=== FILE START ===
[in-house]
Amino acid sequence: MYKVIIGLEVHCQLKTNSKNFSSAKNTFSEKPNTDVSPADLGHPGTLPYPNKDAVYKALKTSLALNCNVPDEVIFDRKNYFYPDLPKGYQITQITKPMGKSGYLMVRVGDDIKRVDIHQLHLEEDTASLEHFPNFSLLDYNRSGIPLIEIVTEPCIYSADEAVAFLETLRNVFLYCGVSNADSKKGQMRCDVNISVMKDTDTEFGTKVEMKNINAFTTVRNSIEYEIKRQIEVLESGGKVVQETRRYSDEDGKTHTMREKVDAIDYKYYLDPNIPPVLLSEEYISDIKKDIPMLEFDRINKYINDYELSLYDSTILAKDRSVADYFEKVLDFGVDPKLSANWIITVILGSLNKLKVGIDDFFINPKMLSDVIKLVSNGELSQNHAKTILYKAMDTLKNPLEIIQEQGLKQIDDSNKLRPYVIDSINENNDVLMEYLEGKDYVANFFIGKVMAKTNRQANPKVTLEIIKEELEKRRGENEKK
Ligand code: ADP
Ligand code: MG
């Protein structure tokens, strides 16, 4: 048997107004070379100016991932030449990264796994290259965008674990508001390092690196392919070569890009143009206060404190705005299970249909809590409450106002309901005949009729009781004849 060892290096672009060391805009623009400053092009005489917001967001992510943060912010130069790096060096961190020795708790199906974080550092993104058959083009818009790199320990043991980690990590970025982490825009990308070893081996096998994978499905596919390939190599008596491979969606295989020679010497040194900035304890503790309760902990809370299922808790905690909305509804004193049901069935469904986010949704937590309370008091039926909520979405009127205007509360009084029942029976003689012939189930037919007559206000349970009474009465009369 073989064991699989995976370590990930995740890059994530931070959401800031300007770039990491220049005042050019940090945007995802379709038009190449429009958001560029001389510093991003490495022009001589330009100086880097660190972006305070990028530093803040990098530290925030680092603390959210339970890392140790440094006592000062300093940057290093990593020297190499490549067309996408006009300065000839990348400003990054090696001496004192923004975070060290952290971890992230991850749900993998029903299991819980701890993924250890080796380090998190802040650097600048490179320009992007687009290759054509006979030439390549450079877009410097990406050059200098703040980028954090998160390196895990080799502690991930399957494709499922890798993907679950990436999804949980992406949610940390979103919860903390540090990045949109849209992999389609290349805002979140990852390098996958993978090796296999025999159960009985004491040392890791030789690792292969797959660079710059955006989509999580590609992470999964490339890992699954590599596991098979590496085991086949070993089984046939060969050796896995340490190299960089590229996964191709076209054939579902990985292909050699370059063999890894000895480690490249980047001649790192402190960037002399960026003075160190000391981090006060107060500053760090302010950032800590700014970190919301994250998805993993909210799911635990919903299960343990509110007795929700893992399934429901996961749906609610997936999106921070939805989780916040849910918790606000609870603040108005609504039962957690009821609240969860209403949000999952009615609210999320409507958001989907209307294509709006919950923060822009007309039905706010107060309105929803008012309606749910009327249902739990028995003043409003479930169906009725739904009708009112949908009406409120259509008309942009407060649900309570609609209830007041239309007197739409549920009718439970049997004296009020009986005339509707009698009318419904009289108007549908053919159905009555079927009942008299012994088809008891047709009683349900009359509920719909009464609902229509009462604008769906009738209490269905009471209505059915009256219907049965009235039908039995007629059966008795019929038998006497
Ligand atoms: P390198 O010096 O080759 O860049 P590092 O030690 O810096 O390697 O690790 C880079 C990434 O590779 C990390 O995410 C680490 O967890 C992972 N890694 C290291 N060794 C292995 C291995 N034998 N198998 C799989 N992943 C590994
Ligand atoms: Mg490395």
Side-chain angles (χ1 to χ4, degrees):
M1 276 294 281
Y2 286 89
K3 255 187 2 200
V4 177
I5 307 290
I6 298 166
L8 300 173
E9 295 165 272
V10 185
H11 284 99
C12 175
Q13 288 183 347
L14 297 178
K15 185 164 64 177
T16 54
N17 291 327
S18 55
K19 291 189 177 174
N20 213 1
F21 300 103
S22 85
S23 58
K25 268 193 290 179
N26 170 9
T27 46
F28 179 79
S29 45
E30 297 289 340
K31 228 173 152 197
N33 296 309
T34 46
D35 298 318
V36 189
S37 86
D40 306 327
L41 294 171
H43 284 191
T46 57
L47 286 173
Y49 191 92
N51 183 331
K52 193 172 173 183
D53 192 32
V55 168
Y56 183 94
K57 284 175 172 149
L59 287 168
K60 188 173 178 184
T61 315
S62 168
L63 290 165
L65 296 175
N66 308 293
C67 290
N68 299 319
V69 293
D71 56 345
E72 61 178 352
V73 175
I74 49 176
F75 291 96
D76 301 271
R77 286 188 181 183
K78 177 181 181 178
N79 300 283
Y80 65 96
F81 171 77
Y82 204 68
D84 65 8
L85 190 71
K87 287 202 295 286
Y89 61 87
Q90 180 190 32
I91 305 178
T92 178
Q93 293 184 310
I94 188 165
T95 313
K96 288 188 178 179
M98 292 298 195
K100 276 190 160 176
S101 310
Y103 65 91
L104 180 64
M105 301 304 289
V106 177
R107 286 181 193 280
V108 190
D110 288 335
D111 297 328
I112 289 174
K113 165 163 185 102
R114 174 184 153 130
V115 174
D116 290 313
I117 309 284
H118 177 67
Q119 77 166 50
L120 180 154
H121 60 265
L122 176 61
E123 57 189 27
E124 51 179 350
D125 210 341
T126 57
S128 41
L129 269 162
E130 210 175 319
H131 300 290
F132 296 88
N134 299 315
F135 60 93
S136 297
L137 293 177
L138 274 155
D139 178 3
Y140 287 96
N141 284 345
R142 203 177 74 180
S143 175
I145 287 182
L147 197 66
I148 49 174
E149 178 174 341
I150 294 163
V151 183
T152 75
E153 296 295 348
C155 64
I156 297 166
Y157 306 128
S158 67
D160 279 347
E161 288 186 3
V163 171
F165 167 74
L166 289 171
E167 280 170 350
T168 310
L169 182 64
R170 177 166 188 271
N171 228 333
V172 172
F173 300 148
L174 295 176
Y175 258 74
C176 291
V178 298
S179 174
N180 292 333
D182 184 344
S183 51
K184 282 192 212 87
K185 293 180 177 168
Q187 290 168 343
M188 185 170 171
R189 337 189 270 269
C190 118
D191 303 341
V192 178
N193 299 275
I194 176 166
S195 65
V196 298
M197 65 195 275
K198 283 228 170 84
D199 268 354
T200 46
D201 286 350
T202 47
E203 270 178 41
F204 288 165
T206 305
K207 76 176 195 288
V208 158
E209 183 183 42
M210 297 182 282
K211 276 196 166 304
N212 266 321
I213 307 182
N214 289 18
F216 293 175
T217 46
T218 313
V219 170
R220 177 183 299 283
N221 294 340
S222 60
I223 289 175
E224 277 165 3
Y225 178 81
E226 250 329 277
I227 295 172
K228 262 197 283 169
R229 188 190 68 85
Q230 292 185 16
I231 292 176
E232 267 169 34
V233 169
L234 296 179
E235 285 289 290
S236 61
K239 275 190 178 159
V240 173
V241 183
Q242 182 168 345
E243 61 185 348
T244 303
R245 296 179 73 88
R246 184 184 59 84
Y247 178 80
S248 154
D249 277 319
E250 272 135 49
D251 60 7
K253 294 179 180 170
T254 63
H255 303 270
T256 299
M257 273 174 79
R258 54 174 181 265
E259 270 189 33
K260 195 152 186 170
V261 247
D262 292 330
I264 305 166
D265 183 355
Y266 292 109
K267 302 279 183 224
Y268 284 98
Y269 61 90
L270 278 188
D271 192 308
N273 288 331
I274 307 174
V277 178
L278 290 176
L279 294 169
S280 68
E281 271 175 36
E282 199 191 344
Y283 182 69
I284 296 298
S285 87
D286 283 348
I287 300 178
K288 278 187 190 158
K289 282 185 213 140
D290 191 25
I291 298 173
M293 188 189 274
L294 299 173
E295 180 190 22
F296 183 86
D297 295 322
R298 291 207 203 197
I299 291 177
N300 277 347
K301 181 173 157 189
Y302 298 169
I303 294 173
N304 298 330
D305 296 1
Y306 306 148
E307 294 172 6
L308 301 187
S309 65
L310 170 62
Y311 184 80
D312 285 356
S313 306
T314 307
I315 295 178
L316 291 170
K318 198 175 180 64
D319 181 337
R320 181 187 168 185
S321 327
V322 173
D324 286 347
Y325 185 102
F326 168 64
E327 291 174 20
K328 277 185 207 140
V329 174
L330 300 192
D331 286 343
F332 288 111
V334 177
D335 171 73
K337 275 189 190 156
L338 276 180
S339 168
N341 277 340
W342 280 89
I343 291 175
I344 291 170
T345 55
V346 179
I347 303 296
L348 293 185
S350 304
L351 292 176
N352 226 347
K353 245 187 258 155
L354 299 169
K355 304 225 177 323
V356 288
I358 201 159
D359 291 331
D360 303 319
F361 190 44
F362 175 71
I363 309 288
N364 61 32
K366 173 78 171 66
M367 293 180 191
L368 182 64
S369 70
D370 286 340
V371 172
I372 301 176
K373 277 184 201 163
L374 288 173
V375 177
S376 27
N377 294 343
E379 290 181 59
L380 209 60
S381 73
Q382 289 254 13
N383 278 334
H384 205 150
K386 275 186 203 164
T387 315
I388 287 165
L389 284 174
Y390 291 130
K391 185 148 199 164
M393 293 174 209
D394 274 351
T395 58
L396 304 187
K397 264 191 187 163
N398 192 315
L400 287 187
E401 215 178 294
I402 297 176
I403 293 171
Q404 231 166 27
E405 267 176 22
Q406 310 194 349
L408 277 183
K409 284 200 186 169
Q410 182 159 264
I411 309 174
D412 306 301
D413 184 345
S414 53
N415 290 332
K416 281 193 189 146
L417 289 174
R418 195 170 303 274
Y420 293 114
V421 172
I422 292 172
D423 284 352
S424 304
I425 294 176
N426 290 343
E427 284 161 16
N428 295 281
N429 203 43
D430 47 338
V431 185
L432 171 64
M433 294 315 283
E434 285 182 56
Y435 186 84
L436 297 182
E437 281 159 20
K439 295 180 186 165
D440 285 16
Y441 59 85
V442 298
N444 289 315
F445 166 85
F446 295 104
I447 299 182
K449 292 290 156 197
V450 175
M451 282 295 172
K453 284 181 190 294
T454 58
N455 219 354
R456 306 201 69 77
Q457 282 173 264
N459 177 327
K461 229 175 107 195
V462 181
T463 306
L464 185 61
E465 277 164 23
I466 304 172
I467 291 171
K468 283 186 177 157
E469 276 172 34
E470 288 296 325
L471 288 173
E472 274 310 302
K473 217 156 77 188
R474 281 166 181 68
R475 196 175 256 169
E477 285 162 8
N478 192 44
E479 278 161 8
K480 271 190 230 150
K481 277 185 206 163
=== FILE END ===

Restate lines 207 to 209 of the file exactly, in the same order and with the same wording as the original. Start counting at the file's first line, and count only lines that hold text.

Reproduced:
V233 169
L234 296 179
E235 285 289 290